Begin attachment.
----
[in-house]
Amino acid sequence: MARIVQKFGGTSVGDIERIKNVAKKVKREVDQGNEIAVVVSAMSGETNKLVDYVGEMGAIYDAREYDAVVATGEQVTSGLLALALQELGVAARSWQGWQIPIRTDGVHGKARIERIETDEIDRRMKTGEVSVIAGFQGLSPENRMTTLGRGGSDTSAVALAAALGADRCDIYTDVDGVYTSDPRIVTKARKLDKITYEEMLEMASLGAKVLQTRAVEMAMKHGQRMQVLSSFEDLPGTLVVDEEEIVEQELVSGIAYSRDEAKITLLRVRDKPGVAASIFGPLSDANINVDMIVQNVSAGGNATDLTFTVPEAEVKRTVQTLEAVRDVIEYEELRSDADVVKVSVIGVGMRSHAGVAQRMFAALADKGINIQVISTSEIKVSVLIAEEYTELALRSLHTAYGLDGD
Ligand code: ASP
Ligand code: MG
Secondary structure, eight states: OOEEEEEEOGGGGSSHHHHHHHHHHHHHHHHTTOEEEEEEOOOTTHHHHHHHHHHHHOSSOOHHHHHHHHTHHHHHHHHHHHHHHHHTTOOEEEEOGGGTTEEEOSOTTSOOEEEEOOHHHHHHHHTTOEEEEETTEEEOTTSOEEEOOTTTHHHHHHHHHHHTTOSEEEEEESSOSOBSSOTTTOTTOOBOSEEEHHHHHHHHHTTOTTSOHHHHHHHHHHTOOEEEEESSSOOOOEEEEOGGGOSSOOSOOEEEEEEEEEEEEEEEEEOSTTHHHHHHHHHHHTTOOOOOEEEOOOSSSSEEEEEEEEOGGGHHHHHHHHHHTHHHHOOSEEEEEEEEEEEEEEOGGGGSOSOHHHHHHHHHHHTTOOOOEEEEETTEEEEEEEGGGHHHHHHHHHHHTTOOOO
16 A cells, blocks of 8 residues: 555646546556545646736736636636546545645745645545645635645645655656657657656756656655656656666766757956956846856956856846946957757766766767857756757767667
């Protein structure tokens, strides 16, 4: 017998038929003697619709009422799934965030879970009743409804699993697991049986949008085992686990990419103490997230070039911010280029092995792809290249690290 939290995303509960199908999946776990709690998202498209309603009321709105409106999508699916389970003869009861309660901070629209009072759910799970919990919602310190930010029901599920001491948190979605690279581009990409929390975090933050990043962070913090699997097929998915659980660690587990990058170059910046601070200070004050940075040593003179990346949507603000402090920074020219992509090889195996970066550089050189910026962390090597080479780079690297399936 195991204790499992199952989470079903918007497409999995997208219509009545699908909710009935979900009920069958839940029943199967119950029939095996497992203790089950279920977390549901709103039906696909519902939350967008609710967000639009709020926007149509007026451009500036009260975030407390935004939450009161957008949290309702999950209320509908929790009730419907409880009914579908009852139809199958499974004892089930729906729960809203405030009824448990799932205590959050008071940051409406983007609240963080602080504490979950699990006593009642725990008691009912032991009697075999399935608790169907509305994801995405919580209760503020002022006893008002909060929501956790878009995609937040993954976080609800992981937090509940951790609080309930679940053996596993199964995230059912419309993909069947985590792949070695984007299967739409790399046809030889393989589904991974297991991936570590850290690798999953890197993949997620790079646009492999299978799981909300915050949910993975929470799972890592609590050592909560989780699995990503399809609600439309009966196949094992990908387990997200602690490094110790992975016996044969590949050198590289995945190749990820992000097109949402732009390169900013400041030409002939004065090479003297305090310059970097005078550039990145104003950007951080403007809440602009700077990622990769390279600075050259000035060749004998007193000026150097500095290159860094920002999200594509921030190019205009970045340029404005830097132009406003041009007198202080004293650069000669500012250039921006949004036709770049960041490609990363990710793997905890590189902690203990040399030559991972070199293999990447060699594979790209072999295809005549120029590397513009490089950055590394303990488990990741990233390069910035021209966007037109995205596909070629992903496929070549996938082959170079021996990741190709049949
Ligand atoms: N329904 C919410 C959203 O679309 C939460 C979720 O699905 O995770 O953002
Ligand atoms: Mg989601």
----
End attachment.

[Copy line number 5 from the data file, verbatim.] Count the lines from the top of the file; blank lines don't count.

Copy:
Secondary structure, eight states: OOEEEEEEOGGGGSSHHHHHHHHHHHHHHHHTTOEEEEEEOOOTTHHHHHHHHHHHHOSSOOHHHHHHHHTHHHHHHHHHHHHHHHHTTOOEEEEOGGGTTEEEOSOTTSOOEEEEOOHHHHHHHHTTOEEEEETTEEEOTTSOEEEOOTTTHHHHHHHHHHHTTOSEEEEEESSOSOBSSOTTTOTTOOBOSEEEHHHHHHHHHTTOTTSOHHHHHHHHHHTOOEEEEESSSOOOOEEEEOGGGOSSOOSOOEEEEEEEEEEEEEEEEEOSTTHHHHHHHHHHHTTOOOOOEEEOOOSSSSEEEEEEEEOGGGHHHHHHHHHHTHHHHOOSEEEEEEEEEEEEEEOGGGGSOSOHHHHHHHHHHHTTOOOOEEEEETTEEEEEEEGGGHHHHHHHHHHHTTOOOO